Moon,” directed by Duncan Jones, written by Nathan Parker, story by Duncan Jones. (UK) – New York Premiere, Narrative. A thoughtful character study wrapped in a hi-tech sci-fi flick, Moon stars Sam Rockwell as the sole operator of a lunar mining base, living with only a computer robot (voiced by Kevin Spacey) to keep him company. Three years living on the surface of the moon, far from the touch of his wife and young daughter, has taken its toll—he’s starting to hallucinate, touching off a thrilling chain of events that will shake his sense of identity to the core. A Sony Pictures Classics release.

Rudo y cursi,” directed and written by Carlos Cuaron. (USA, Mexico) – New York Premiere, Narrative. Stars Gael Garcia Bernal and Diego Luna and producers Alfonso Cuaron (Children of Men, Harry Potter and the Prisoner of Azkaban), Guillermo del Toro (Pan’s Labyrinth, Hellboy), and Alejandro Gonzalez Inarritu (Babel), through their groundbreaking new company Cha Cha Cha, present a splendid, riotous film about a pair of thickheaded stepbrothers whose rivalry takes them from their jobs on a small-town banana ranch to star spots on opposing soccer teams. In Spanish with English subtitles. Part of the ESPN/Tribeca Sports Film Festival. A Sony Pictures Classics release.

Soul Power,” directed by Jeff Levy-Hinte. (USA) – New York Premiere, Documentary. Kinshasa, 1974. As Ali and Foreman fought their legendary “Rumble in the Jungle,” an equally epic music festival united the hottest African American and native African soul musicians for an electrifying display of ethnic empowerment. Cameramen charted everything from the life on the streets to the haps backstage, but the footage sat unedited… until now. In English and French with English subtitles. A Sony Pictures Classics release.

Still Walking” (Aruitemo Aruitemo), directed and written by Hirokazu Kore-eda. (Japan) – New York Premiere, Narrative. Years of tension kept barely below the surface threaten to run over when two middle-aged children visit their elderly parents on the 15th anniversary of their older brother’s accidental death. Patient, real-time pacing and a delightfully muted wit from the curmudgeonly old-timers highlight acclaimed director Kore-eda’s (Nobody Knows) domestic drama. In Japanese with English subtitles. An IFC Films release.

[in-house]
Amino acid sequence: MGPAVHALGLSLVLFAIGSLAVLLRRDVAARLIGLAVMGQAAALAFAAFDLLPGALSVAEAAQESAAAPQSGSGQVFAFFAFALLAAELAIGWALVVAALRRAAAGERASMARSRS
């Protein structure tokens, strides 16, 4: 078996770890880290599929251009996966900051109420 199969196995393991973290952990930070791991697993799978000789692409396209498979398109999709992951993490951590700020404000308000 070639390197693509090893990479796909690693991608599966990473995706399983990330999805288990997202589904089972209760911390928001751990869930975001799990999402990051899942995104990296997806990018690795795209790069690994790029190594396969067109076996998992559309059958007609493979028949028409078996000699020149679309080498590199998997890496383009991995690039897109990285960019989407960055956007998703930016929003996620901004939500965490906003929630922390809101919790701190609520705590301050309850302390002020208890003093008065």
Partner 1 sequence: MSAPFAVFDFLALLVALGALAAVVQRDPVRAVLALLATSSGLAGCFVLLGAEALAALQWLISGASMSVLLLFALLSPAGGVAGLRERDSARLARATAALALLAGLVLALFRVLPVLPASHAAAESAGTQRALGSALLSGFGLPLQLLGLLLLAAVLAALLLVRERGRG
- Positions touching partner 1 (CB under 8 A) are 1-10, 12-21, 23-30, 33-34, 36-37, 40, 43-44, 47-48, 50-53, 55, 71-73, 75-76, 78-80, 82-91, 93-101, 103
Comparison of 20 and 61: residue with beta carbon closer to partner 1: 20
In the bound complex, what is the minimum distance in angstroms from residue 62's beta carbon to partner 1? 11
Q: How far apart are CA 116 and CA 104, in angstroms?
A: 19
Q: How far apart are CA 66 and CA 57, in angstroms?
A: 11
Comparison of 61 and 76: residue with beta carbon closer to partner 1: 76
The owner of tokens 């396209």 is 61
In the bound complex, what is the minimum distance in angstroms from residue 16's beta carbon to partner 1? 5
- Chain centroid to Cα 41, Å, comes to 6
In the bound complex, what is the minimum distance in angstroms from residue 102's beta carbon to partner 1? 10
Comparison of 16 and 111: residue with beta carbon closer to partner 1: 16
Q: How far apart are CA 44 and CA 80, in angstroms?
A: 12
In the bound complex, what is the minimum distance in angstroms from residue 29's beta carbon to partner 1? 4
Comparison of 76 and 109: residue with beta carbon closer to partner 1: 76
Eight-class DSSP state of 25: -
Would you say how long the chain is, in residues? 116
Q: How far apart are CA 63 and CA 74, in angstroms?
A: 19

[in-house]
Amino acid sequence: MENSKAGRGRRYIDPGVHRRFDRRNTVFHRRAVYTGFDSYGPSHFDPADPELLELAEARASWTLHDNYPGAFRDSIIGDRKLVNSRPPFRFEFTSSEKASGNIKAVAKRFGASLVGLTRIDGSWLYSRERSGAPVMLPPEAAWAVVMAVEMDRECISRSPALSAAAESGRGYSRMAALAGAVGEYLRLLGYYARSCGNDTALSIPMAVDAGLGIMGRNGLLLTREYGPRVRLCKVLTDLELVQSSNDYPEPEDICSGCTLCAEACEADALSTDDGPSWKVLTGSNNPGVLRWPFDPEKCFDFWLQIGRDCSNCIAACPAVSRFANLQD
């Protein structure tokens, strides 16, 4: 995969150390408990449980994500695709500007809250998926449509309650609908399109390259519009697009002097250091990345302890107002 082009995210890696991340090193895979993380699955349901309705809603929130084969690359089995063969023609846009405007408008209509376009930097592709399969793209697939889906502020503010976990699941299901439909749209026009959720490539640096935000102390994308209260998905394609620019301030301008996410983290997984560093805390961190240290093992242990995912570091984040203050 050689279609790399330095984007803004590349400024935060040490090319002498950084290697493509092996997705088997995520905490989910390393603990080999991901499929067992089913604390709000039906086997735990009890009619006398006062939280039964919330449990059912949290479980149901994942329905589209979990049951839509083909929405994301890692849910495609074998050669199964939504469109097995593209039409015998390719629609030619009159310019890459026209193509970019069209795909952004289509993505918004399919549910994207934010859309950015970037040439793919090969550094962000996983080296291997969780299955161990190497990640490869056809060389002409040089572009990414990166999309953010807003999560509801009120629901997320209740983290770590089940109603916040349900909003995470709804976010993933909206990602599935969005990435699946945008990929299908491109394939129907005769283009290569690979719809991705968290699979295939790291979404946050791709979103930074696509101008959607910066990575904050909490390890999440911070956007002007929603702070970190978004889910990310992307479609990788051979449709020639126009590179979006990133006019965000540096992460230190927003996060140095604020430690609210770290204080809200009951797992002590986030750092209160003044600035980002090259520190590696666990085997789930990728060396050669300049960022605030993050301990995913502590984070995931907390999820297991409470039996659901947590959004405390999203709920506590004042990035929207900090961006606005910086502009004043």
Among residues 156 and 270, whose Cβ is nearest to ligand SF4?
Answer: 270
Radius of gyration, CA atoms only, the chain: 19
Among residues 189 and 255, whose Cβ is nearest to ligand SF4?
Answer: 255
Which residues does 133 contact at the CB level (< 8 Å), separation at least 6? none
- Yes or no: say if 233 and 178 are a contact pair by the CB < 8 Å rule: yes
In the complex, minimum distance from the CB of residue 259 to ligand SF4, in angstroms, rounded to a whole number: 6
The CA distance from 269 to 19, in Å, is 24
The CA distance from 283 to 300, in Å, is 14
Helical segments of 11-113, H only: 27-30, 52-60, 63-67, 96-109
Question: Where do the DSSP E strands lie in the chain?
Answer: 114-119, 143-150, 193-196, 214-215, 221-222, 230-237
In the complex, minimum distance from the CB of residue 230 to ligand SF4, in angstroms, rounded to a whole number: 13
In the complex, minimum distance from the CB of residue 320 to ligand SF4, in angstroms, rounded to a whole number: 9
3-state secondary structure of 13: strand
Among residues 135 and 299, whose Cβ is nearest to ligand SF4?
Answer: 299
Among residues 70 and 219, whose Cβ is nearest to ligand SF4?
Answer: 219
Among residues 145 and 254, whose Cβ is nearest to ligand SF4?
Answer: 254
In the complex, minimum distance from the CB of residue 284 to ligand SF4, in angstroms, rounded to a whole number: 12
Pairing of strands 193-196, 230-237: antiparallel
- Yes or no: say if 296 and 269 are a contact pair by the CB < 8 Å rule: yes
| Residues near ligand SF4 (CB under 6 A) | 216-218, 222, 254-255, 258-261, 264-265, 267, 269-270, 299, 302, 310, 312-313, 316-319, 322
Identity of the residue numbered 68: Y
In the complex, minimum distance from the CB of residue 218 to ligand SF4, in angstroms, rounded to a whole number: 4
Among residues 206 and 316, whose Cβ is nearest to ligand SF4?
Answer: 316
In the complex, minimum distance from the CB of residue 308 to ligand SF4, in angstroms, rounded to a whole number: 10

All About Actresses” (Le bal des actrices), directed and written by Maiwenn. (France) – US Premiere, Narrative. Maiwenn sets out to resolve her tortured actress identity by making a faux-documentary around a bevy of famous French actresses—only to transform into the treacherous position of the director, falling in love with her subjects and subjected to their starlet-driven wrath. Indulging in the interior insecurities of divas and has-beens, she blurs reality through real-world-like footage and fantastical musical sequences. In French with English subtitles.

Antoine,” directed and written by Laura Bari. (Canada) – US Premiere, Documentary. Antoine was born 100 days premature and became blind from the effects of his incubator. Now five years old, he uses a mini boom microphone to discover and capture the sounds around him. Through this visually striking portrait, expertly crafted by Laura Bari, we share both the everyday and imaginary worlds Antoine lives in and learn how he overcomes adversity by creating his own alternative universe of beauty. In French with English subtitles.